EAST HARLEM, MANHATTAN — New York City's comptroller called for caps on security deposits, saying that tenants in the city are spending too much, in a new report Sunday.
Comptroller Scott Stringer found that New York renters sunk approximately $507 million into security deposits in 2016.
“Right now, the landlords are collecting all this money and it’s doing nothing for the tenants,” Stringer told PIX11.
Jeremiah Schlotman, chair of the Housing Committee for Community Board 11 in East Harlem, has heard it all from tenants all over the city: the way renters pay for security deposits is a problem.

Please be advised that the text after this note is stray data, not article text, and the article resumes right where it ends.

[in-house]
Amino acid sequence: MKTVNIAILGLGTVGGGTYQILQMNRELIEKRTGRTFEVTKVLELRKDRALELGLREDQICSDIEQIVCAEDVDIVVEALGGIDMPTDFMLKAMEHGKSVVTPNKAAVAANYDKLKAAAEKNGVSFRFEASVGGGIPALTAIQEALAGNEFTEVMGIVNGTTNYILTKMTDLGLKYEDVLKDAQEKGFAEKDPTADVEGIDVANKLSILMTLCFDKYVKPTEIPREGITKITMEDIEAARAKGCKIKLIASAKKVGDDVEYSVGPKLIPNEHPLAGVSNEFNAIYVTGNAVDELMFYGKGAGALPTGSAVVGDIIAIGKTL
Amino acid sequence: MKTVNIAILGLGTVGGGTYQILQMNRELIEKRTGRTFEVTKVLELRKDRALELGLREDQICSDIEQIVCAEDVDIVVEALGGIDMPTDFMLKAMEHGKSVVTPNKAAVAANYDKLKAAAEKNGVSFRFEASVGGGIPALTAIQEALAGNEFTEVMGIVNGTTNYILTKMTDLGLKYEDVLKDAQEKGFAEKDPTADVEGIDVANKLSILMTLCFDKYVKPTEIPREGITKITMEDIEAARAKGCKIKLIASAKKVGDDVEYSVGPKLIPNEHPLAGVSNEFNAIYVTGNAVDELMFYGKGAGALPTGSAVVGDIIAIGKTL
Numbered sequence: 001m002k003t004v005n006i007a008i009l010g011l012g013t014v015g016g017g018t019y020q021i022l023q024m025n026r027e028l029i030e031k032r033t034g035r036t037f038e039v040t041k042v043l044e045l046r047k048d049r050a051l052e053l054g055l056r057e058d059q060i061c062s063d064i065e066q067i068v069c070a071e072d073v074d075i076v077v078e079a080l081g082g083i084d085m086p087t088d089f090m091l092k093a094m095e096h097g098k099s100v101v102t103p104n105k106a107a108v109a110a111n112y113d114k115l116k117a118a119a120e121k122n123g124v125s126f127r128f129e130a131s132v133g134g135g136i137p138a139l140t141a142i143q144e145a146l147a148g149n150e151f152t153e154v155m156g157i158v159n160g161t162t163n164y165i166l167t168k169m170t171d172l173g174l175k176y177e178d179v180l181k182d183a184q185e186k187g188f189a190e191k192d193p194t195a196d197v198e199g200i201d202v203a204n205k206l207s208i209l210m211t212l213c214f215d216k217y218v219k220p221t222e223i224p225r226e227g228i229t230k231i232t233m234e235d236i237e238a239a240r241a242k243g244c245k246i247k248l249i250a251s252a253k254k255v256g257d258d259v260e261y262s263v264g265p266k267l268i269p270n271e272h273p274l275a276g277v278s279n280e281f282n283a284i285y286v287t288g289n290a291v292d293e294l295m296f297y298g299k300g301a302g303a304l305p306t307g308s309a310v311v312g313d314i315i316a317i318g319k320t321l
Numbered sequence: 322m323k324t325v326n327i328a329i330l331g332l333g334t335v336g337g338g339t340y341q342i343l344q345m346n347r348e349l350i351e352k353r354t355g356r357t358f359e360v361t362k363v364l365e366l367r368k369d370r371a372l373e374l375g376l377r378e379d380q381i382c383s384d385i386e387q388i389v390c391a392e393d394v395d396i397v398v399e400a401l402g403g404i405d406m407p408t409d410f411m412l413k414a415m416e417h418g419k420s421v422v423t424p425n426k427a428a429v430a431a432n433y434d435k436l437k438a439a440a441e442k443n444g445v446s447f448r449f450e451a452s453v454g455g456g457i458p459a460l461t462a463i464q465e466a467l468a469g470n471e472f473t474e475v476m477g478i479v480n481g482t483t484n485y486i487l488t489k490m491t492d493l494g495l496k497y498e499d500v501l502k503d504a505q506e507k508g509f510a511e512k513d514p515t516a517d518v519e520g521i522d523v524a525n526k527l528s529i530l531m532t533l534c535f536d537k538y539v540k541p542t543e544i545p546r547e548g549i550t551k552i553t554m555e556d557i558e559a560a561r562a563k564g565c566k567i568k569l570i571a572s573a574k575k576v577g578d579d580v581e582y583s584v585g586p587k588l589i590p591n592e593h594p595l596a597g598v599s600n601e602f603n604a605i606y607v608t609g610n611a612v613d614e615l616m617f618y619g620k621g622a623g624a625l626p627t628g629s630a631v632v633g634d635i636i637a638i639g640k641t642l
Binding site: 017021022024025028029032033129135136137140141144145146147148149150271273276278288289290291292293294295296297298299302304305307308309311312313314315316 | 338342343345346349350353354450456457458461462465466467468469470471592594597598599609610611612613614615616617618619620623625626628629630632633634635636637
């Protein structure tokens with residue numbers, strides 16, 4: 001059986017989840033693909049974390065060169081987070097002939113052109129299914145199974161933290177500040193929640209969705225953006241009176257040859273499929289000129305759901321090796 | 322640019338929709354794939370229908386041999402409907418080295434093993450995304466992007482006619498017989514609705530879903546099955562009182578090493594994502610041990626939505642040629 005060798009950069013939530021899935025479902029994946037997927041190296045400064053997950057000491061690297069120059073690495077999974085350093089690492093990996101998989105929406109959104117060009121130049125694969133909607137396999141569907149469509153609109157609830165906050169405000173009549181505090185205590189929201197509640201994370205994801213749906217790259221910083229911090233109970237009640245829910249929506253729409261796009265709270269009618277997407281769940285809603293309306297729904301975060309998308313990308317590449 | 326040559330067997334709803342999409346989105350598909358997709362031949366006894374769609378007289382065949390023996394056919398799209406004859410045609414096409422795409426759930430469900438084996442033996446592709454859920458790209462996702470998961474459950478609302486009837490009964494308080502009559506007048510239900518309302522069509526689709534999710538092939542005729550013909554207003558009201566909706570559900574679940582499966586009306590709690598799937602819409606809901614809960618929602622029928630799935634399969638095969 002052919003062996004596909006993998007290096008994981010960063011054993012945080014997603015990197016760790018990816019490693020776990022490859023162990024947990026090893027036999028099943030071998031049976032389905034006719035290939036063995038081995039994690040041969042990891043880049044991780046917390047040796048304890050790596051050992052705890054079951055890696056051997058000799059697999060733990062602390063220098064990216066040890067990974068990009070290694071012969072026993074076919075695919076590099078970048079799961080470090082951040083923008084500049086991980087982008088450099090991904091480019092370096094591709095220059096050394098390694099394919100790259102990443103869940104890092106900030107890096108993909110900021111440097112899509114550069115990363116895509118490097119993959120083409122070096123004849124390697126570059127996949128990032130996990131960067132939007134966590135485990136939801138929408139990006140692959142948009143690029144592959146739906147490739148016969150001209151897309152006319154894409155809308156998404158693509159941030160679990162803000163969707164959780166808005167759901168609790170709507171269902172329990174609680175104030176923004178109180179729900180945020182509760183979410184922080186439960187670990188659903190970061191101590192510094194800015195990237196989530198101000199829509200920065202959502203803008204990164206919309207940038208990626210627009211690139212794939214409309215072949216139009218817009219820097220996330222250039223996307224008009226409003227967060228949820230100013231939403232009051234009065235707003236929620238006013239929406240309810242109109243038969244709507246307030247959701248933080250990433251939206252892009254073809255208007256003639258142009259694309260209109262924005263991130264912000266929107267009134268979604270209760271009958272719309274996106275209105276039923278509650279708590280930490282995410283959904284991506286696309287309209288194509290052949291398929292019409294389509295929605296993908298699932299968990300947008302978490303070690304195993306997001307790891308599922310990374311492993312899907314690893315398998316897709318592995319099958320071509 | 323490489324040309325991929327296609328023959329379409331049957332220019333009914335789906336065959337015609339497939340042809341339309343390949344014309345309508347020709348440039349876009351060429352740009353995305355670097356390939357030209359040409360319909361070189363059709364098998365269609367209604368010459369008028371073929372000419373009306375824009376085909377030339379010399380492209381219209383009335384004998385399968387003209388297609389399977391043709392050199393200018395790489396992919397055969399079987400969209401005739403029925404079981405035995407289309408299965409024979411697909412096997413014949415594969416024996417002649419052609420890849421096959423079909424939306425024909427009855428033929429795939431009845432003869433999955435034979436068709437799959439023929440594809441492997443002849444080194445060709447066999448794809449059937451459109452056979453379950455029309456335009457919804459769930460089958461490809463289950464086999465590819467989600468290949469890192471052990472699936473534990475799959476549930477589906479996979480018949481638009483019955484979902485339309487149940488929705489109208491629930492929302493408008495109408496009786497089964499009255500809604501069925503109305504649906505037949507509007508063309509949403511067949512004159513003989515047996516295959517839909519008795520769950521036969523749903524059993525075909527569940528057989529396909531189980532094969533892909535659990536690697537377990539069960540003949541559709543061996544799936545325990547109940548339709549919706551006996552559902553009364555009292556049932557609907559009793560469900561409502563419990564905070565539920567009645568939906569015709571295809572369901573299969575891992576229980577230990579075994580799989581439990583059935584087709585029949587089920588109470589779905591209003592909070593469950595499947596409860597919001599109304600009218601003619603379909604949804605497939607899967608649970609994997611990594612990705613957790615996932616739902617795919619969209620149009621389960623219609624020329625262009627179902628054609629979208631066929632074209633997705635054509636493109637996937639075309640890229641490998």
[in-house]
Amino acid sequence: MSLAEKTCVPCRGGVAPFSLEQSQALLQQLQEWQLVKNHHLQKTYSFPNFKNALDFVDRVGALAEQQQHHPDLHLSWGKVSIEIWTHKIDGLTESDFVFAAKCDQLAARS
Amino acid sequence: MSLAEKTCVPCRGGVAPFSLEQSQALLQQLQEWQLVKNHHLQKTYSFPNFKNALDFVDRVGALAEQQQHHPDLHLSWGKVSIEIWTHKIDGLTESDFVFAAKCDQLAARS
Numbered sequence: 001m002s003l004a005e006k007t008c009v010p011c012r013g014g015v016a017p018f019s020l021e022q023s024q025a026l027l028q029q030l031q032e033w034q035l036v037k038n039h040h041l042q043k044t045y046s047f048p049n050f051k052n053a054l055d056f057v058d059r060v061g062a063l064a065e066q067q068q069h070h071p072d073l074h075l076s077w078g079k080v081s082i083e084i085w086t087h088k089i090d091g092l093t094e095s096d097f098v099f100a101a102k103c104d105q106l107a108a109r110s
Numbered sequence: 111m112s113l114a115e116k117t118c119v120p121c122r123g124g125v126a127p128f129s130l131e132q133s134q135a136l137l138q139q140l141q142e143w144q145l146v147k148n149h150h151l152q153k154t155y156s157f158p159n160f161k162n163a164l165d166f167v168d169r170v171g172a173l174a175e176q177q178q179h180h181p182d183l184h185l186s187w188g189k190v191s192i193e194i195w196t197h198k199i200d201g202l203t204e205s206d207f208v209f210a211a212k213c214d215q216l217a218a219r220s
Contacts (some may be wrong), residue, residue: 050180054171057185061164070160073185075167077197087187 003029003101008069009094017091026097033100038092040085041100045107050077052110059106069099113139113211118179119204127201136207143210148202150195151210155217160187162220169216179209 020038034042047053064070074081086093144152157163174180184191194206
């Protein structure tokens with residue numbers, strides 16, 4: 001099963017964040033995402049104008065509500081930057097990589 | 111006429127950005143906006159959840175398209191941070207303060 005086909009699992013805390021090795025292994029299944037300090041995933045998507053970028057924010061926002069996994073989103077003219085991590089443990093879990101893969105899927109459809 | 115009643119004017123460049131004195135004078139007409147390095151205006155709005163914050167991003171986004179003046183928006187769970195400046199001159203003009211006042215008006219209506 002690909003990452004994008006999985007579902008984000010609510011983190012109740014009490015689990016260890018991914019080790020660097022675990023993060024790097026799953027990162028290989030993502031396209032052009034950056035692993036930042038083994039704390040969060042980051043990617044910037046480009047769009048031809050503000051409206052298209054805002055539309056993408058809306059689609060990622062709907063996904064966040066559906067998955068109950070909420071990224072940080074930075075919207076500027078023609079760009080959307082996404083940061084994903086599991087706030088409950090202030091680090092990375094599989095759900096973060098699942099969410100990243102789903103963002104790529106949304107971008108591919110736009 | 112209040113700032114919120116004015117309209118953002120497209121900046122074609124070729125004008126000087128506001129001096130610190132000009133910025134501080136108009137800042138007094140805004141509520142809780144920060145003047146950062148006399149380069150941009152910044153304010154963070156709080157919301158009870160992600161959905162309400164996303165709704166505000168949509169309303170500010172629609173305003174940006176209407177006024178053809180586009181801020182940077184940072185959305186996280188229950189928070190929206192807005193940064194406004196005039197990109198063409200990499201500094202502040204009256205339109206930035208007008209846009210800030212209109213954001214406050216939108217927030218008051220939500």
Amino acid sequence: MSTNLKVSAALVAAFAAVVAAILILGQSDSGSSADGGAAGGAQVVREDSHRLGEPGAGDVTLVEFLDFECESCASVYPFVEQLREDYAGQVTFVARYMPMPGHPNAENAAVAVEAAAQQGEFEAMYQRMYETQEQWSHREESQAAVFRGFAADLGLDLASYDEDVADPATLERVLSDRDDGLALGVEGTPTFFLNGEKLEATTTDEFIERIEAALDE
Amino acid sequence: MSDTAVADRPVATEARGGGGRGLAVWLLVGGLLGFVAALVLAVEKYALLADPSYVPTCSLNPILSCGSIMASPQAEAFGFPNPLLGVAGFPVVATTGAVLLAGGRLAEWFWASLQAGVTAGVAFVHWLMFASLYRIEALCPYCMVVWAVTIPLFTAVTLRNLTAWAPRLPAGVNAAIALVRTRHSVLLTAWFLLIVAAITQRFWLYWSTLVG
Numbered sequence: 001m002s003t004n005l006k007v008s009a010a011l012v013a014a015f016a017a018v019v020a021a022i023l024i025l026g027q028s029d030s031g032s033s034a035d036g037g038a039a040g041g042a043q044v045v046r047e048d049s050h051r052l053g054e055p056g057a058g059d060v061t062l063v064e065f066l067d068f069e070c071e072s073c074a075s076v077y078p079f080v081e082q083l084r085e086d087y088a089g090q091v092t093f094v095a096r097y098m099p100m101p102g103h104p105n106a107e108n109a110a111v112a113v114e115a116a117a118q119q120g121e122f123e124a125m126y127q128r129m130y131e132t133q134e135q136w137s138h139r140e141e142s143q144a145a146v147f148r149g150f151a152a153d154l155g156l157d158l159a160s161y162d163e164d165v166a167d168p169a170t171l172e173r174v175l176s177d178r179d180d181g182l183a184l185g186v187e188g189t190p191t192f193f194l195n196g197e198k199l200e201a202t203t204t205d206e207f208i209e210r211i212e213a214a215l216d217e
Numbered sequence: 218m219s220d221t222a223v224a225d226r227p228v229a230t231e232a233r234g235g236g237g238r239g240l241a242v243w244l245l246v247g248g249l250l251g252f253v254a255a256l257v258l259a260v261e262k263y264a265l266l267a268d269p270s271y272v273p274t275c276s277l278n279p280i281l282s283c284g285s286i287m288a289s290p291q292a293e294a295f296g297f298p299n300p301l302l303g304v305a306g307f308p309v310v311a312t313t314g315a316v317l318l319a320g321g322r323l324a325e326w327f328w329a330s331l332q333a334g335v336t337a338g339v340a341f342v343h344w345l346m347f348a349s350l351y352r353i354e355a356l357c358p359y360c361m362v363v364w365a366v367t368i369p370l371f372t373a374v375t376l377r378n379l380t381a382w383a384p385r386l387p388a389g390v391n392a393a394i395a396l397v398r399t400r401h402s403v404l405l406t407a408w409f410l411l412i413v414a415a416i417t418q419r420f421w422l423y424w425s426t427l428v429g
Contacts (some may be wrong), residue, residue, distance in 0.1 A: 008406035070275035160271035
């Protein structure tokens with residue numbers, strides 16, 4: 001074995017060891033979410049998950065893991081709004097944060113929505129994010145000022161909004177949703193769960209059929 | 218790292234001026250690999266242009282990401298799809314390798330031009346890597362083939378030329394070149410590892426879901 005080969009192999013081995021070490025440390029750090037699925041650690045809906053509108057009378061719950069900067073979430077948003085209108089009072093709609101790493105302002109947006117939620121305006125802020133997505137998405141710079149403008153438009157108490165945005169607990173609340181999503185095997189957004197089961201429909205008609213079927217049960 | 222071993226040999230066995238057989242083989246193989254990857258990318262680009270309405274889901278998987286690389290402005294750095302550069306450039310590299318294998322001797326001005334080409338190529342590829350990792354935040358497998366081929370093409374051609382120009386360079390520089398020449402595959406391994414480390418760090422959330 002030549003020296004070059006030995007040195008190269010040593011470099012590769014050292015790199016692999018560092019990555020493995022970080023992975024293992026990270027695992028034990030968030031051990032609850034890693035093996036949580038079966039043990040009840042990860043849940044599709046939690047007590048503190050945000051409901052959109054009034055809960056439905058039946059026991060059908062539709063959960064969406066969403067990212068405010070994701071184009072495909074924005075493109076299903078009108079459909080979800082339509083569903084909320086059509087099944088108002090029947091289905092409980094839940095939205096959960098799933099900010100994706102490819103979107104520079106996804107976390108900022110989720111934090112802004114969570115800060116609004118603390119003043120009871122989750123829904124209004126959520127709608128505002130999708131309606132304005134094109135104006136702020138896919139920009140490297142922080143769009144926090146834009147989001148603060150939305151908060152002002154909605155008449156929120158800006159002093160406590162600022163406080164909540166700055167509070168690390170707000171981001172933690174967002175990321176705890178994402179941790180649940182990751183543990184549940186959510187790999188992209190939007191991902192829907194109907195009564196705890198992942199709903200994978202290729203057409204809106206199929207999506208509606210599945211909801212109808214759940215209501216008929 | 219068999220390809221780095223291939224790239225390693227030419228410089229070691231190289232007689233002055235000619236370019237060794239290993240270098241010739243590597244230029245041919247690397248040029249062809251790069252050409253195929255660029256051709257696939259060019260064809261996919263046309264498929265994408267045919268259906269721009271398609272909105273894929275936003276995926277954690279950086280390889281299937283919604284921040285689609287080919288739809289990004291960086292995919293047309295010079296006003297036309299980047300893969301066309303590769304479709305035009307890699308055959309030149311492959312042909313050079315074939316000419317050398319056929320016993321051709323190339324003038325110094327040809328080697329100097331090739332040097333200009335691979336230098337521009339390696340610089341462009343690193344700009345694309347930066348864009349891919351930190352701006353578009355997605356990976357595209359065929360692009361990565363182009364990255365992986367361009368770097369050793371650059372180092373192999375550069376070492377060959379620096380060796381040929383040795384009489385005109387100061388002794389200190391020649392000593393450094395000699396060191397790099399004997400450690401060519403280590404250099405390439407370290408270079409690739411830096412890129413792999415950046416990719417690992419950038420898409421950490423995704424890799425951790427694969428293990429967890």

“The fees can be exorbitant,” Schlotman told PIX11.
Stringer is proposing New York State immediately introduce legislation that would have a one month cap, much like rent regulated apartments already have. He's also proposed a reduction in upfront costs and expanded tenant choices.
“It’s young people getting their first job, their first apartment, they want to live in this city,” Stringer told PIX11. “But then they have to pay first month, last month, brokers fees, other fees."
And that is probably the toughest part of security deposit reform, getting that security deposit back. Often times tenants have to sue landlords to get their money back, something that the tenant advocate is hoping will change with new laws in place.
“Right now, the onus is on the tenant to sue his landlord to get the security deposit back,” Schlotman told PIX11. “These proposals would make the playing field less unlevel."